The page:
November 26, 2002

DMCA and substantial non-infringing use

I've noticed in some of the DMCA-exemption discussions, that one of the very first things people tend to do is basically re-invent the "capable of substantial non-infringing use" argument - that is, if something has any use at all which is non-infringing, that should dominate. This has been thought-of before, and addressed. The principles are worthy, but arguing it as just as theory isn't so simple. It's very important to read what has gone before, in the 2000 DMCA rulemaking results (emphasis added) :

Proponents of such an exemption make two related arguments. First, some commenters argue that using Section 1201(a)(1) to prohibit circumvention of access controls on works that are primarily factual, or in the public domain, bootstraps protection for material that otherwise would be outside the scope of protection. It would, in effect, create legal protection for even the uncopyrightable elements of the database, and go beyond the scope of what Section 1201(a)(1) was meant to cover. An exemption for these kinds of works, proponents argue, is necessary to preserve an essential element of the copyright balance `` that copyright does not protect facts, U.S. government works, or other works in the public domain. Without such an exemption, users will be legally prevented from circumventing access controls to, and subsequently making noninfringing uses of, material unprotected by copyright.


On the record developed in this proceeding, the need for such an exemption has not been demonstrated. First, although proponents argue that 1201(a)(1)(A) bootstraps protection for uncopyrightable elements in copyrightable databases, the copyrightable elements in databases and compilations usually create significant added value. Indeed, in most cases the uncopyrightable material is available elsewhere in ``raw'' form, but it is the inclusion of that material in a copyrightable database that renders it easier to use. Search engines, headnotes, selection, and arrangement, far from being a thin addition to the database, are often precisely the elements that database users utilize, and which make the database the preferred means to access and use the uncopyrightable material it contains. Because it is the utility of those added features that most users wish to access, it is appropriate to protect them under Section 1201(a)(1)(A). Moreover, all copyrightable works are likely to contain some uncopyrightable elements, factual or otherwise. This does not undermine their protection under copyright or under 1201(a)(1)(A). [footnote] \8\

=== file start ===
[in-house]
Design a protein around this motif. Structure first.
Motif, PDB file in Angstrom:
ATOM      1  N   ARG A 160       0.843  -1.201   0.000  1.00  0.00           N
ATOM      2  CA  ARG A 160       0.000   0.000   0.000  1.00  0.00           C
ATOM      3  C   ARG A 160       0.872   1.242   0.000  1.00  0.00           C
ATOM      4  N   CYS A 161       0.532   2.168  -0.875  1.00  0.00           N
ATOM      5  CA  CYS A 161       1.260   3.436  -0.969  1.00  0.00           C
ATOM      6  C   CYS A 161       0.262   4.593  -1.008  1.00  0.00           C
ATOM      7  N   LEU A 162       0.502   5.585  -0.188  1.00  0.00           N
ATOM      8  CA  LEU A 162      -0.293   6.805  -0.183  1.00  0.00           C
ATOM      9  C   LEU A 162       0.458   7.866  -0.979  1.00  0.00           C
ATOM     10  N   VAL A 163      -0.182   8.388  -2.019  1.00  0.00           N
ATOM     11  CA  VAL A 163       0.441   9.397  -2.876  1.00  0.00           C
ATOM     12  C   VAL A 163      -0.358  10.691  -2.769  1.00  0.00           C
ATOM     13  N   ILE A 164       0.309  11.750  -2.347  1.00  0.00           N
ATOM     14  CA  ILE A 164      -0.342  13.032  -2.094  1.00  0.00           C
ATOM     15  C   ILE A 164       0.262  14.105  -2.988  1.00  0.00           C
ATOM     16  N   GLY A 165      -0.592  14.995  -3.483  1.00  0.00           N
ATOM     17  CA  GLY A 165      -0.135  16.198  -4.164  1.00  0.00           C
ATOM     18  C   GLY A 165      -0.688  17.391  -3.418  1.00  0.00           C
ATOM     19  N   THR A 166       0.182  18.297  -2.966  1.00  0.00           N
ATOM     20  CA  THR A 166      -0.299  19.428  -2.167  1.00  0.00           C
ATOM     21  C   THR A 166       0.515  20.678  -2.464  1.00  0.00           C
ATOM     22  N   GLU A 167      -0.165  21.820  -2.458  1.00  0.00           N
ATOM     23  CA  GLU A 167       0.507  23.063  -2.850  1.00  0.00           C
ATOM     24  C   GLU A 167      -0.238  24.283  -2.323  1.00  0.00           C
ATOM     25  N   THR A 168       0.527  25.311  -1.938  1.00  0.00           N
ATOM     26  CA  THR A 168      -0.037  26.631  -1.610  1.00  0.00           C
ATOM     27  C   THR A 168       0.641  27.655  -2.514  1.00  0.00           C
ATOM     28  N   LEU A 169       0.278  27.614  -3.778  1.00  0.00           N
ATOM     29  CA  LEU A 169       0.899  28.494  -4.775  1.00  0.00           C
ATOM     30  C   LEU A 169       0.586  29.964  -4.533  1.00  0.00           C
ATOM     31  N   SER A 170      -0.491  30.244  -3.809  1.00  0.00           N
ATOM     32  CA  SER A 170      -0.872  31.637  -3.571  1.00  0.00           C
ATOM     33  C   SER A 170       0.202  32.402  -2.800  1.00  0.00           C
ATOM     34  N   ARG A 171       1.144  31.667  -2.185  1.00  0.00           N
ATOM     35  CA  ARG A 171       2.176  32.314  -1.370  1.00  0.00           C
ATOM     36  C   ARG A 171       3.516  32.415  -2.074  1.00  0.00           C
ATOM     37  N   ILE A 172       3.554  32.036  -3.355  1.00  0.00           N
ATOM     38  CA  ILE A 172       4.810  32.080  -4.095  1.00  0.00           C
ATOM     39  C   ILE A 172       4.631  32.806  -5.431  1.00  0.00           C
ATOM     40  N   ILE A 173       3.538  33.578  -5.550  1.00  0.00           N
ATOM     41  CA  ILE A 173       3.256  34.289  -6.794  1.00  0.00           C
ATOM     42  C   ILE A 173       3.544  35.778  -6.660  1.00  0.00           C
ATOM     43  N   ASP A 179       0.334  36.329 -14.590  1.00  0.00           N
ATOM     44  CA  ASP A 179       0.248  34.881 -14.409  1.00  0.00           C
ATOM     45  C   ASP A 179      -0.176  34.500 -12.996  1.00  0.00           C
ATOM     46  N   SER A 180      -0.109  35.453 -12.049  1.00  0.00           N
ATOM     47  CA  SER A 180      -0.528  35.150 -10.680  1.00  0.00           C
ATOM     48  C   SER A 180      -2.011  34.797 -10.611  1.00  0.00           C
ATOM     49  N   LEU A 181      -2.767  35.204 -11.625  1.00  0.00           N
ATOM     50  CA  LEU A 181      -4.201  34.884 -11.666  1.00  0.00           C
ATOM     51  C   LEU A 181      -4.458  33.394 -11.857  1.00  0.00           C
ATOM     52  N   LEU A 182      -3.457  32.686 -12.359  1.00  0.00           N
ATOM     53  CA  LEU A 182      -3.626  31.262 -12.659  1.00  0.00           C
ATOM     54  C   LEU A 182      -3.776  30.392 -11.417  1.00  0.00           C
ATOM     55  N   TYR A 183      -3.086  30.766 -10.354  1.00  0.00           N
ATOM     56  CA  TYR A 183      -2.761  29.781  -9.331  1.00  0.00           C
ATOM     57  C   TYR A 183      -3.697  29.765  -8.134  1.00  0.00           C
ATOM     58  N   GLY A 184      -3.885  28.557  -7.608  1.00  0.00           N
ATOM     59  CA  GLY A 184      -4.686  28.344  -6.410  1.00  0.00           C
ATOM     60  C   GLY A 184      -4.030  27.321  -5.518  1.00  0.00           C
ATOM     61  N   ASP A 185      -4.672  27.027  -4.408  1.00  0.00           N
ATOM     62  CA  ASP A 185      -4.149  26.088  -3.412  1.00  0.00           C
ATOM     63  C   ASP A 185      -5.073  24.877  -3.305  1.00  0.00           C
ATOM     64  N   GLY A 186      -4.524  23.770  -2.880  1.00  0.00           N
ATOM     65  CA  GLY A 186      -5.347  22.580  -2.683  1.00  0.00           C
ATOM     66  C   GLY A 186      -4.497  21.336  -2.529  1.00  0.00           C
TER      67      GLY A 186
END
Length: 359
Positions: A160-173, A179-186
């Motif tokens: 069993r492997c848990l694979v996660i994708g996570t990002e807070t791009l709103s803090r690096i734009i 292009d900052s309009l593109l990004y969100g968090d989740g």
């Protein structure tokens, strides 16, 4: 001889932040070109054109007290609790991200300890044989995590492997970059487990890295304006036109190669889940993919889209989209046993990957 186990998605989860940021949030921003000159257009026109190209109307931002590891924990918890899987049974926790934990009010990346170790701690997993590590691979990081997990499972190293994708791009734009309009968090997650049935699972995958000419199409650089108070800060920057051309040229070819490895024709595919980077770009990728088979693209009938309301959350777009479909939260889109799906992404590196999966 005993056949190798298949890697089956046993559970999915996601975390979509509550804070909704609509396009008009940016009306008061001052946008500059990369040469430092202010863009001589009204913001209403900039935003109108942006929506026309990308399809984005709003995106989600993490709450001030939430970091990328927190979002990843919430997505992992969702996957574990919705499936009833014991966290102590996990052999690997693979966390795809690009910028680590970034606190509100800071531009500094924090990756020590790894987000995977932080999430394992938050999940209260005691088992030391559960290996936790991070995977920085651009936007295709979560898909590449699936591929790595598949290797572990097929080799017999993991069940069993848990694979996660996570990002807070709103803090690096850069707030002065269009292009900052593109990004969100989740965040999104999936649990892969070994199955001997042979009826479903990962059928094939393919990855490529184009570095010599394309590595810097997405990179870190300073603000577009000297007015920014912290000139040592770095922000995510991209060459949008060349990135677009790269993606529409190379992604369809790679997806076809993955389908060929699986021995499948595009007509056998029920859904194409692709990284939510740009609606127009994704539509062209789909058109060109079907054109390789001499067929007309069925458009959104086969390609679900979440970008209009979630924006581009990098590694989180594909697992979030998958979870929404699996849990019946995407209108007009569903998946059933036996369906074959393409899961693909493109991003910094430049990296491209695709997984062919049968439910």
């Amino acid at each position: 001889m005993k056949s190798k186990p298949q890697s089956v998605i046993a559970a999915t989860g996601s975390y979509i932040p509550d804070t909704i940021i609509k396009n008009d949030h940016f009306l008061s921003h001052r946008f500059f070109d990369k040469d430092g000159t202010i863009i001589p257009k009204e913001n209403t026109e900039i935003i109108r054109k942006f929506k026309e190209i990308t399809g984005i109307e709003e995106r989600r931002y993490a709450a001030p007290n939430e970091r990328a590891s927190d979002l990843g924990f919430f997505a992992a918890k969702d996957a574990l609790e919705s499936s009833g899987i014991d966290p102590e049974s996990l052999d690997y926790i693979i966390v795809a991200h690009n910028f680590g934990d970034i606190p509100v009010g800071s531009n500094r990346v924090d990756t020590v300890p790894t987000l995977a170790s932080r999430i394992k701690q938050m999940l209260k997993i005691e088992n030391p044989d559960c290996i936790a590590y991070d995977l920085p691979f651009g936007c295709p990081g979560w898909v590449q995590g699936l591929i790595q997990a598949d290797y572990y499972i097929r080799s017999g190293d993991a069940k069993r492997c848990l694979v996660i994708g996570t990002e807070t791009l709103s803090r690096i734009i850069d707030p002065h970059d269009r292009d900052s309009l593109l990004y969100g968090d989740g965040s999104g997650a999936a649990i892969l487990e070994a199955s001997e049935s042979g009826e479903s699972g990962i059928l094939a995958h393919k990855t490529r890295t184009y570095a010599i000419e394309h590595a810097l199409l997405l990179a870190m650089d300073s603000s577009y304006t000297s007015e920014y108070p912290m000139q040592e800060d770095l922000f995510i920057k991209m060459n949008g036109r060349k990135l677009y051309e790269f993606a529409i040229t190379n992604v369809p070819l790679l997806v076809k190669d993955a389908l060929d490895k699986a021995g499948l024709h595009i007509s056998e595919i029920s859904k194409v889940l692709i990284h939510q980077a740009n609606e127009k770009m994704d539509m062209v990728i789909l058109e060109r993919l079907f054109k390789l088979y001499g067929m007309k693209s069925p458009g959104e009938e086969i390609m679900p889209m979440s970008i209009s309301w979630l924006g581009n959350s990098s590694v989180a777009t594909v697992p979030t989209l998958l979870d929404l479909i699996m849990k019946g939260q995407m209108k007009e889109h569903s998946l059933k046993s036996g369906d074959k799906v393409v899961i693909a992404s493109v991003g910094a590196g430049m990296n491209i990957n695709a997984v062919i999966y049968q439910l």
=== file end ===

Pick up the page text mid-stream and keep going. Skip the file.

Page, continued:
[footnote] \8\ One commenter suggested an exemption for ``compilations and other works that incorporate works in the public domain, unless the compilation or work was marked in such a way as to allow identification of public domain elements and separate circumvention of the technological measures that controlled access to those elements.'' PH4 (Ginsburg). While this approach could address some of the concerns raised by proponents, it is unclear whether it would be technologically feasible for copyright owners to implement. Furthermore, as discussed below, the Register has not yet been presented with evidence that there have been or are likely to be adverse impacts in this area.

By Seth Finkelstein | posted in copyblight , dmca , legal | on November 26, 2002 09:05 AM (Infothought permalink) | Followups

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